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Author Topic: Make Your Own Water Filter and Oven Dried Jerky  (Read 3502 times)

Carolyn Simpson

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Make Your Own Water Filter and Oven Dried Jerky
« on: August 02, 2011, 05:34:03 PM »    Emergency water filter.   How It Works   Biosand mission
Here is a cheap way to make a good bio sand filter, capable of removing turbidity and also bacteria to some extent (90%).  A simple water filter that can be constructed anywhere anytime.  The basic principle is that a 3 inch layer of sand (less than 1mm diameter) and the straw pipe is made waterproof with silicon where it is attached at the bottom of a 2 liter bottle, and an elbow in the straw is bent up to the top of the sand, then another elbow bend down to drip out.  The top 3 inches of the bottle is cut off and 7-8 drip holes are punched 2 inches from cap in a circle around the neck and inverted as a funnel-diffuser.  A layer of gravel at the bottom to keep sand from coming out.  A layer of good bacteria is formed at the top, the sand should always stay wet to allow the good bacteria blanket to flourish (2-3 wks to start).  The sand must be used 20x to wash the particulates out before using.   Pour unclean water in slowly and clean water comes out of the pipe.  The top layer of dirt must be scooped out and new sand put in every once in a while.    This bio sand filter can be a good treatment for water in flooded areas.  Go to YouTube for more ideas on how to add a carbon filter (for better taste) or how to make larger ones etc...
The Drying Food Process will be a good way to preserve food you would normally have to leave behind or throw away before an exodus or power outage.  There's more ideas on solar drying on google.  Anyway when drying food, don't keep temperatures too low or too high. Temperatures too low may result in the growth of bacteria on the food. Temperatures too high will result in the food being cooked instead of dried. Food that is underdried will spoil, and food that is overdried will lose its flavor and nutritive value.  A meat marinade of ¼c Worcestershire sauce, ¼c  Jack Daniels whiskey, 3T liquid smoke, garlic & salt mixture 30 minutes to 4 hrs before will give it a nice flavor.  Dip fruit in lemon-water mixture to prevent browning of tips.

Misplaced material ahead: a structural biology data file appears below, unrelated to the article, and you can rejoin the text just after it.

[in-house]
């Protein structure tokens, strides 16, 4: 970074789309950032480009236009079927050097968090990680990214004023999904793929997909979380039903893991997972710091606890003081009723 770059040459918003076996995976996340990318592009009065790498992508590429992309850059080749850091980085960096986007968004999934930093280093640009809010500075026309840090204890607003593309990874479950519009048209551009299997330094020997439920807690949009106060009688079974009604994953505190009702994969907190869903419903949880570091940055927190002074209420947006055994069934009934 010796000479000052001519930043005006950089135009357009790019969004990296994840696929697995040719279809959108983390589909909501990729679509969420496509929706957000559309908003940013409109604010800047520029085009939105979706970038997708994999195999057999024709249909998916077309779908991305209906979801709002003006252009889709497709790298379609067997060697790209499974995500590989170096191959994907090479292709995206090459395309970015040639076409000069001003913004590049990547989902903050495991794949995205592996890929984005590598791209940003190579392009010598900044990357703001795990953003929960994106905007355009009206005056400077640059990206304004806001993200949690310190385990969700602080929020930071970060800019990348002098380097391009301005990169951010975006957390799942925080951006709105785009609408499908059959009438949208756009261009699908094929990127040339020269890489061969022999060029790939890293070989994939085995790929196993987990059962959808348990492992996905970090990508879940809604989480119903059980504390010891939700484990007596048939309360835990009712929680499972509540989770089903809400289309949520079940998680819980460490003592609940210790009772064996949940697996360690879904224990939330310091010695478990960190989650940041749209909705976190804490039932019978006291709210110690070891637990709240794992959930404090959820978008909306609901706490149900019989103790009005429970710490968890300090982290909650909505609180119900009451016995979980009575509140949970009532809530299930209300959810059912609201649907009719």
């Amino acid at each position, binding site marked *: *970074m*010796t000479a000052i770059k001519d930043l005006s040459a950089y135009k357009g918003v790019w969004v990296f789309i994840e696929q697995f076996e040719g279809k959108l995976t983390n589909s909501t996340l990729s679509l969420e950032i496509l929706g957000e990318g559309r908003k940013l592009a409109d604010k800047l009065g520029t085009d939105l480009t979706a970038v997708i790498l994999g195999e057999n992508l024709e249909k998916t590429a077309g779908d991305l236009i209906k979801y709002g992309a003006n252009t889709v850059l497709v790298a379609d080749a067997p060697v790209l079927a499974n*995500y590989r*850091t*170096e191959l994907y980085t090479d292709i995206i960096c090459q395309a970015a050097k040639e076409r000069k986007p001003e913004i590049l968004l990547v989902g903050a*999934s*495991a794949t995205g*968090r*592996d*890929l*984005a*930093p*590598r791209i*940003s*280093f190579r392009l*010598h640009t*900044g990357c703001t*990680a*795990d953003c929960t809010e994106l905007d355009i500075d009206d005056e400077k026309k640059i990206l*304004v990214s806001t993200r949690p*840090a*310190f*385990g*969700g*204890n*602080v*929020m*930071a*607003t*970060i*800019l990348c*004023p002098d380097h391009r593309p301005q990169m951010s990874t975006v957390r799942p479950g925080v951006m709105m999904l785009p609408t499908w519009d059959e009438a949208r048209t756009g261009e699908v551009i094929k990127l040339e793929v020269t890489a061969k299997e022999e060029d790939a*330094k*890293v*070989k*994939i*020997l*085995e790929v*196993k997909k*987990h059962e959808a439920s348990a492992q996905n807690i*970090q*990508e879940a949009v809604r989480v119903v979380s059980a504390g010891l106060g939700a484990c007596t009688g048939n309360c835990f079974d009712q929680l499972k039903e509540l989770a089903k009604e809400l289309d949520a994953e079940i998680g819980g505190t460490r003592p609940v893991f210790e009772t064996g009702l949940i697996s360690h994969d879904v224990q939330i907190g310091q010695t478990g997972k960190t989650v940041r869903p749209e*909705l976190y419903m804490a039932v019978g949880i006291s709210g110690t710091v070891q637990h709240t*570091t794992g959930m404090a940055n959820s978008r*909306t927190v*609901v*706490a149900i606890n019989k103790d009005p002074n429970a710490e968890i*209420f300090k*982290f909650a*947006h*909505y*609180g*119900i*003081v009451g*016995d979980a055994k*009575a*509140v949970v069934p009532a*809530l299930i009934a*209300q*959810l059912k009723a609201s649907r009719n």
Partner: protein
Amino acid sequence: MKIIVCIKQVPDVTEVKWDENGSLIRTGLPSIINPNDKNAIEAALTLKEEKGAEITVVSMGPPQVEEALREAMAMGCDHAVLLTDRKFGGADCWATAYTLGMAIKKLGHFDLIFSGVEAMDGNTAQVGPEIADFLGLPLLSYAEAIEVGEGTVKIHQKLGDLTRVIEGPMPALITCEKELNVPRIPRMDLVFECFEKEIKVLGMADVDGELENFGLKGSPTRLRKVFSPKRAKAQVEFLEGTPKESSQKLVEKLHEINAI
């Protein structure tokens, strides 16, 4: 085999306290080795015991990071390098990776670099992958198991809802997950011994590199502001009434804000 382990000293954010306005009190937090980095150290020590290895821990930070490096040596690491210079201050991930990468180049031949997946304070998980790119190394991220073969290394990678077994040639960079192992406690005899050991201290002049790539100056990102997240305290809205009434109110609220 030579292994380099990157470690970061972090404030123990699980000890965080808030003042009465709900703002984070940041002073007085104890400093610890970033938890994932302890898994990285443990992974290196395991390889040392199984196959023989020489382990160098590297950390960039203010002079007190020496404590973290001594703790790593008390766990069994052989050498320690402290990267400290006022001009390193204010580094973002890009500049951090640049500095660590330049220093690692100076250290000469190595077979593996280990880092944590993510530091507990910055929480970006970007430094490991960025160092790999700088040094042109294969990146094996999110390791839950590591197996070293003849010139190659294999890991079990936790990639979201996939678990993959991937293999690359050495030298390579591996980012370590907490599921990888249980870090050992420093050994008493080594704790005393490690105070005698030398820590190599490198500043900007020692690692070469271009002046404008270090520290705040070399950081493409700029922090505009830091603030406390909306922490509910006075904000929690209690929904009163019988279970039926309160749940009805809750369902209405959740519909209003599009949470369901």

Meat and Fish 145-150 degrees Fahrenheit in the Oven for 6-20 hours
      Fruit and Vegetables 130-140 degrees (with oven door propped open)
      Flowers and Herbs 100-110 degrees (door propped open more + fan)

You can begin drying your food at higher temperatures, but turn the temperature down after the first hour or so. The last hour or so of drying time should be turned down on a lower setting. You must turn the food and rotate the trays while the food is drying.

You will know your food is dried when when you touch it, and it is leathery with no pockets of moisture. If you are testing fruit, you can tear a piece in half. If you see moisture beads along the tear, it is not dry enough. Meat should be tough, but shouldn't snap apart. Vegetables should also be tough but can also be crisp.

When storing your dried product, keep in mind that no moisture should be allowed to enter the container...ever. Dried food absorbs moisture from the air, so the storage container must be airtight. Some acceptable storage containers are jars and plastic freezer bags. If storing fruit leather, wrap in plastic wrap and store in a another airtight container. Store your containers of dried food in a cool, dark, dry place. 60 degrees fahrenheit or below is best.

I've actually tried this method with venison with the cub scouts and it turned out great. 
« Last Edit: August 09, 2011, 06:20:05 PM by Morgana2012 »


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